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Detection of hydrogen sulphide above the clouds in Uranus’s atmosphere

A reanalysis of observations of Uranus made with the Gemini-North Telescope in 2010 has resolved one of the most puzzling questions concerning the planet - what are its main observable clouds composed of? An unequivocal detection of gaseous hydrogen sulphide, H2S, above Uranus's main cloud deck confirms that the abundance of hydrogen sulphide exceeds that of ammonia in Uranus's atmosphere and that the main cloud deck observed is likely composed primarily of H2S ice.

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Apr 23, 2018
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Uranus's limb as seen by NASA's Voyager 2 spacecraft in 1986.

A team led by Patrick Irwin at the University of Oxford, using spectra from the Gemini-North's Near-Infrared Integral Field Spectrometer have unequivocally detected for the first time the presence of hydrogen sulphide, H2S, in Uranus’s atmosphere. These spectra show features akin to a ‘fingerprint’ of H2S present in the air immediately above the the main visible cloud layer in Uranus’s atmosphere which has a cloud-top pressure of 1.2 - 3 bar (where 1 bar is the surface atmospheric pressure in Earth's atmosphere). While it had been suspected from observations at radio wavelengths that the Uranus's bulk abundance of H2S exceeds that of ammonia, this has never been confirmed until now. Irwin says “As a result it is likely that the main cloud deck we see on Uranus is composed predominantly of H2S ice, rather than ammonia ice, thought to comprise the bulk of the observable clouds on Jupiter and Saturn, where ammonia seems to be more abundant”

Why the abundance of ammonia should exceed that of hydrogen sulphide in Jupiter and Saturn, but be less than that of hydrogen sulphide in Uranus is a mystery.  Irwin suggests, “This observation supports the view that Jupiter and Saturn formed closer to the Sun than Uranus (and probably Neptune) where the warmer temperatures in the Sun's circumstellar disc meant that hydrogen sulphide was preferentially in gaseous rather than icy form. Hence, H2S was likely less readily accreted than it was at Uranus (and Neptune) where lower temperatures meant that both constituents were probably in icy form.” The discovery also places constraints on solar system formation models, in which planetary embryos can migrate to different distances from the Sun as they form. The fact the Jupiter/Saturn and Uranus/(probably Neptune) have such clear bulk composition differences suggest that such migration is likely to have been limited in our own solar system.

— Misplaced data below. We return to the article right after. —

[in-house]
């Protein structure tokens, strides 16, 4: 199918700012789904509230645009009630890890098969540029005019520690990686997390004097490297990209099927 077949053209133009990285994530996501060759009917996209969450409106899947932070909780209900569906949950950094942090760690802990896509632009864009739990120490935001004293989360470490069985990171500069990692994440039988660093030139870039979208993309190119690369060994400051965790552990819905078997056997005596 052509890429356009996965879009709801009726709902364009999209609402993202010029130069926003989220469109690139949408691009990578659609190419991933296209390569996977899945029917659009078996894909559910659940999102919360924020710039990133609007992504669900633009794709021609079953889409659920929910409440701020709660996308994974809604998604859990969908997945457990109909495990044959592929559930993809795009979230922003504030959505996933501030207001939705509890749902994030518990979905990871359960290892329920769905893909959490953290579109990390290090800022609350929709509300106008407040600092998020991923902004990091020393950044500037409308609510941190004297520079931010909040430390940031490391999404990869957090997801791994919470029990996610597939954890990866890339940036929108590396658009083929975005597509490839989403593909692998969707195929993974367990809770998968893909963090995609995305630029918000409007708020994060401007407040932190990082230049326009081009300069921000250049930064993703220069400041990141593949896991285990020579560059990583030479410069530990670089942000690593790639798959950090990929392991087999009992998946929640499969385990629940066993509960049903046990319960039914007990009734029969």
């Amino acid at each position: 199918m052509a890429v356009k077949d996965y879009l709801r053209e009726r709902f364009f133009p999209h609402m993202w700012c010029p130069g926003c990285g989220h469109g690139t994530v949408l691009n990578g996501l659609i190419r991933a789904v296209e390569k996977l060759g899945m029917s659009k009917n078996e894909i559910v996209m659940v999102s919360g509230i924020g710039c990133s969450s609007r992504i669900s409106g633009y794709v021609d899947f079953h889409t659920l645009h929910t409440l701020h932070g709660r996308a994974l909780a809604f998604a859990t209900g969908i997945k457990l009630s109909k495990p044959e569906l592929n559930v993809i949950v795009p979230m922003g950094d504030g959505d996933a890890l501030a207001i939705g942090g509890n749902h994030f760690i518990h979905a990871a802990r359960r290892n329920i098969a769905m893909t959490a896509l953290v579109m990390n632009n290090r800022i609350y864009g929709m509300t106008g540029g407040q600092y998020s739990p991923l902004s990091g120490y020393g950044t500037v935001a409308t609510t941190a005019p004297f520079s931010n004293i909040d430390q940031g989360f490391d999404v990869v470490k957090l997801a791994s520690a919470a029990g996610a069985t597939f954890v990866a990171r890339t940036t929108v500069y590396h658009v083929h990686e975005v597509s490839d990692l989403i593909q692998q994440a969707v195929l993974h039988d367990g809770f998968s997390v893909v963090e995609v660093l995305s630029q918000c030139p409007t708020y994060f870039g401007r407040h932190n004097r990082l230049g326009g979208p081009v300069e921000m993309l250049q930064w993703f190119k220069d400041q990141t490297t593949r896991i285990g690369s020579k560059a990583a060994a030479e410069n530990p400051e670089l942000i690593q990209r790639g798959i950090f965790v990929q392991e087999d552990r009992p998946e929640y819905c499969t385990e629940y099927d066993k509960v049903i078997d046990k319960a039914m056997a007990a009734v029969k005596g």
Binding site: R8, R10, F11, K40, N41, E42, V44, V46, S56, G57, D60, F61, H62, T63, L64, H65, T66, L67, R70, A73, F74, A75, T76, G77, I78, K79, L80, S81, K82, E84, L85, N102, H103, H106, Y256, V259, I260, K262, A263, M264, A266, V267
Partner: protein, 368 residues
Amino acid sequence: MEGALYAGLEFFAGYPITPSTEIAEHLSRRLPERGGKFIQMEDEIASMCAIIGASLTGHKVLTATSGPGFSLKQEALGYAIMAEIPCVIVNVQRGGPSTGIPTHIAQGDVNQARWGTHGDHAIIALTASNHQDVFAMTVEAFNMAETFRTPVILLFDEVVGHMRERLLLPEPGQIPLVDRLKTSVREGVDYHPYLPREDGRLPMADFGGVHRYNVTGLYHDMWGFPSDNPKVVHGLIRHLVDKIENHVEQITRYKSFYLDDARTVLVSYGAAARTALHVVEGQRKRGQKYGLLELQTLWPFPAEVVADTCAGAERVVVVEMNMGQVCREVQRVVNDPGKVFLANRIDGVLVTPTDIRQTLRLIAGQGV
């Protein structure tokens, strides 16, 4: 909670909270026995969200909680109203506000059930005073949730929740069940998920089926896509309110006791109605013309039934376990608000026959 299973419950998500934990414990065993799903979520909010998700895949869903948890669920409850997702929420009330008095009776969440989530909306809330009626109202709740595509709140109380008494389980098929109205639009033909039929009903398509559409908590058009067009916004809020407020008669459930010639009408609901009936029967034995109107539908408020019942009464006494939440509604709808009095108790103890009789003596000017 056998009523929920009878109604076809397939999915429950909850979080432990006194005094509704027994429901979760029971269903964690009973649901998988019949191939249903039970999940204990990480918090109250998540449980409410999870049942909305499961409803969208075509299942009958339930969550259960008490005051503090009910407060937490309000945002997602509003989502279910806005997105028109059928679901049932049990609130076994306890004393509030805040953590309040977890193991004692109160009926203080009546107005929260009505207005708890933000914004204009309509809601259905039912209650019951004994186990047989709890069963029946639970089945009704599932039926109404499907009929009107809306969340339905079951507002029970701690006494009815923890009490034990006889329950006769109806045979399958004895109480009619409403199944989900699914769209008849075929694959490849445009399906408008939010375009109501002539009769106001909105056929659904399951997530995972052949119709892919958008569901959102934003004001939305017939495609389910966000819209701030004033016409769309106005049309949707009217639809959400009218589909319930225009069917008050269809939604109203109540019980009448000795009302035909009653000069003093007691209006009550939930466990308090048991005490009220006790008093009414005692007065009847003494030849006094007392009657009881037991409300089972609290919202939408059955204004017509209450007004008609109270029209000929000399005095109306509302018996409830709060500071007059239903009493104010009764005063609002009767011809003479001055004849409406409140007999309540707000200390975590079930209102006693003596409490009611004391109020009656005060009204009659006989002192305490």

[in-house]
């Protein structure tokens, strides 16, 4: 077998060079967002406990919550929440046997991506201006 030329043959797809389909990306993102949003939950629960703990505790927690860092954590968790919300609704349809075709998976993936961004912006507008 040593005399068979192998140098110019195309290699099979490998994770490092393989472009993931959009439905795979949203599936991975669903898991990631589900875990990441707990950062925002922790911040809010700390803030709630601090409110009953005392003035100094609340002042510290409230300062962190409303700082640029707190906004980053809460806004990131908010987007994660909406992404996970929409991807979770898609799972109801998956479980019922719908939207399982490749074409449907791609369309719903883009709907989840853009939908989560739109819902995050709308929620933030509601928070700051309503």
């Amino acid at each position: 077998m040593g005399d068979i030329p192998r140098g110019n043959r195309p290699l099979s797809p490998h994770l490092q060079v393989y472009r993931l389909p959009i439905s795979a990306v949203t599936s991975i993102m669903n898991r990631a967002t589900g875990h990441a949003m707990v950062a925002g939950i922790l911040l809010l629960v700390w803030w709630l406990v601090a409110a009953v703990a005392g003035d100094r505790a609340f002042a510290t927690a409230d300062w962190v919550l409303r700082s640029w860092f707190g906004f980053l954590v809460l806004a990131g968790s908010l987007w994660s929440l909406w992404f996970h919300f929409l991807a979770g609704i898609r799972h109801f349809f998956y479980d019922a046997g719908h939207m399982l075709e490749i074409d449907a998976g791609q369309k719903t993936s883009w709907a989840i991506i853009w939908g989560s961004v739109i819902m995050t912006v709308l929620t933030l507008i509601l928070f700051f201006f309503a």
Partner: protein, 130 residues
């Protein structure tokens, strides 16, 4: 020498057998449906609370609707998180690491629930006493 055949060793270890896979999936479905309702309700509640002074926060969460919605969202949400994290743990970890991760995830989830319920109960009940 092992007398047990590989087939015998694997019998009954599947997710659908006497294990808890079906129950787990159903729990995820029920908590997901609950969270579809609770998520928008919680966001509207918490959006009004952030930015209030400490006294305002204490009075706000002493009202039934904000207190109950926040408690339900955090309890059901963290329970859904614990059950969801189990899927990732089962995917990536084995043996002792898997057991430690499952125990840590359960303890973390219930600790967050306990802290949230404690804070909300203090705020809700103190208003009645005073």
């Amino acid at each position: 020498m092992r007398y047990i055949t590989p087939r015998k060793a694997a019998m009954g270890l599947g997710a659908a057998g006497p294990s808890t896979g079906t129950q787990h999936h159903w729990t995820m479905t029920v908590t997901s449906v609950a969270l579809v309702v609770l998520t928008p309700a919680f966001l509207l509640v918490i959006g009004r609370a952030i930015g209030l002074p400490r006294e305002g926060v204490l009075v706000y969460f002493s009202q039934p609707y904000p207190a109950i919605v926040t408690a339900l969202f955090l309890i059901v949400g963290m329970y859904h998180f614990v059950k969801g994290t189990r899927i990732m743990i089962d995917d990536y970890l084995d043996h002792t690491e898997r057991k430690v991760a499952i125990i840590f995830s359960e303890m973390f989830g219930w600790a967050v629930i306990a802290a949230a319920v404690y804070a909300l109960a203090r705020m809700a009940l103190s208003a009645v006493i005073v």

Although the main clouds are likely composed predominantly of H2S, the particles in them seem to be much darker and less reflective than would be expected for pure H2S ice. This suggested that the ice particles in these clouds are coated or mixed with complex hydrocarbons created by the photochemical destruction of methane higher in Uranus's atmosphere and which then 'drizzle' down to the cloud layer. 

Hydrogen sulphide is the gas that gives rotten eggs their delightful smell, and it is also incredibly poisonous. While the results set a lower limit to the amount of hydrogen sulphide around Uranus, it is interesting to speculate what the effects would be on humans even at these concentrations. “If an unfortunate human were ever to descend through Uranus’s clouds, they would be met with very unpleasant and odiferous conditions.” But the foul stench wouldn’t be the worst of it according to Irwin. “Suffocation and exposure in the very cold (-200C) atmosphere made of mostly hydrogen, helium, and methane would take its toll long before the smell,” concludes Irwin.

Go to the profile of Patrick Irwin

Patrick Irwin

Professor of Planetary Physics, University of Oxford

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